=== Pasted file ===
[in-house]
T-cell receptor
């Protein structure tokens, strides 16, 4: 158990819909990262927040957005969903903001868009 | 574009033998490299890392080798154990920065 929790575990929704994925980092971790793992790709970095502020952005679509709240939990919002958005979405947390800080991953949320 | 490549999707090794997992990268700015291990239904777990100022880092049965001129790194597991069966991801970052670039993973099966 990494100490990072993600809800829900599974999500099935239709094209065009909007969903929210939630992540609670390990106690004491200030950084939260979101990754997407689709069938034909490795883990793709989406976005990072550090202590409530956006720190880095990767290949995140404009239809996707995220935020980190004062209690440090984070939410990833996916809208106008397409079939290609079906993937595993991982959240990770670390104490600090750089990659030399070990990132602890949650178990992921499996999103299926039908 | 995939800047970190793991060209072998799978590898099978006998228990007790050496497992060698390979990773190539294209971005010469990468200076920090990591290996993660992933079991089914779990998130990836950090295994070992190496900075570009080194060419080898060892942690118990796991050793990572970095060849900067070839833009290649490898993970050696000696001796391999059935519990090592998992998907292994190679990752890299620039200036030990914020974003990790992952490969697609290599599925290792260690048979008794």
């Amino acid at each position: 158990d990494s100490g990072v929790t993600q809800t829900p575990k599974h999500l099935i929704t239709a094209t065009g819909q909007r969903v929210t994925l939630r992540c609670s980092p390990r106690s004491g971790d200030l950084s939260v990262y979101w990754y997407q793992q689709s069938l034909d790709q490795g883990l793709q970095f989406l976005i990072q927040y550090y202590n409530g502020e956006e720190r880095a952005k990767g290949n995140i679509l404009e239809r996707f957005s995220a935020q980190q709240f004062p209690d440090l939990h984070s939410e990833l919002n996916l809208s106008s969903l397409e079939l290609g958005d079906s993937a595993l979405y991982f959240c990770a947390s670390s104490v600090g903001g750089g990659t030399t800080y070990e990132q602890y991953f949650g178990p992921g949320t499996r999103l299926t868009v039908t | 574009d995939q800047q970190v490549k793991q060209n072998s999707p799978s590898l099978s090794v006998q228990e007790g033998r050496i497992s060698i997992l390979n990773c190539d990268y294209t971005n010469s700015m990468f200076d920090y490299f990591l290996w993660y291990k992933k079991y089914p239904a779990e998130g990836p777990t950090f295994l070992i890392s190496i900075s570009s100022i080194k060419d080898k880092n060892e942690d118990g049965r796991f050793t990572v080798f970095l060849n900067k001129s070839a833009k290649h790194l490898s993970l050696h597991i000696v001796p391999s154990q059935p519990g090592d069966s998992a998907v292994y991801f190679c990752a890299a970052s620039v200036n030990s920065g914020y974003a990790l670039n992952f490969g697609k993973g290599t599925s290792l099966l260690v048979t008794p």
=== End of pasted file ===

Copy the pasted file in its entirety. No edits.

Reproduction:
[in-house]
T-cell receptor
């Protein structure tokens, strides 16, 4: 158990819909990262927040957005969903903001868009 | 574009033998490299890392080798154990920065 929790575990929704994925980092971790793992790709970095502020952005679509709240939990919002958005979405947390800080991953949320 | 490549999707090794997992990268700015291990239904777990100022880092049965001129790194597991069966991801970052670039993973099966 990494100490990072993600809800829900599974999500099935239709094209065009909007969903929210939630992540609670390990106690004491200030950084939260979101990754997407689709069938034909490795883990793709989406976005990072550090202590409530956006720190880095990767290949995140404009239809996707995220935020980190004062209690440090984070939410990833996916809208106008397409079939290609079906993937595993991982959240990770670390104490600090750089990659030399070990990132602890949650178990992921499996999103299926039908 | 995939800047970190793991060209072998799978590898099978006998228990007790050496497992060698390979990773190539294209971005010469990468200076920090990591290996993660992933079991089914779990998130990836950090295994070992190496900075570009080194060419080898060892942690118990796991050793990572970095060849900067070839833009290649490898993970050696000696001796391999059935519990090592998992998907292994190679990752890299620039200036030990914020974003990790992952490969697609290599599925290792260690048979008794």
């Amino acid at each position: 158990d990494s100490g990072v929790t993600q809800t829900p575990k599974h999500l099935i929704t239709a094209t065009g819909q909007r969903v929210t994925l939630r992540c609670s980092p390990r106690s004491g971790d200030l950084s939260v990262y979101w990754y997407q793992q689709s069938l034909d790709q490795g883990l793709q970095f989406l976005i990072q927040y550090y202590n409530g502020e956006e720190r880095a952005k990767g290949n995140i679509l404009e239809r996707f957005s995220a935020q980190q709240f004062p209690d440090l939990h984070s939410e990833l919002n996916l809208s106008s969903l397409e079939l290609g958005d079906s993937a595993l979405y991982f959240c990770a947390s670390s104490v600090g903001g750089g990659t030399t800080y070990e990132q602890y991953f949650g178990p992921g949320t499996r999103l299926t868009v039908t | 574009d995939q800047q970190v490549k793991q060209n072998s999707p799978s590898l099978s090794v006998q228990e007790g033998r050496i497992s060698i997992l390979n990773c190539d990268y294209t971005n010469s700015m990468f200076d920090y490299f990591l290996w993660y291990k992933k079991y089914p239904a779990e998130g990836p777990t950090f295994l070992i890392s190496i900075s570009s100022i080194k060419d080898k880092n060892e942690d118990g049965r796991f050793t990572v080798f970095l060849n900067k001129s070839a833009k290649h790194l490898s993970l050696h597991i000696v001796p391999s154990q059935p519990g090592d069966s998992a998907v292994y991801f190679c990752a890299a970052s620039v200036n030990s920065g914020y974003a990790l670039n992952f490969g697609k993973g290599t599925s290792l099966l260690v048979t008794p």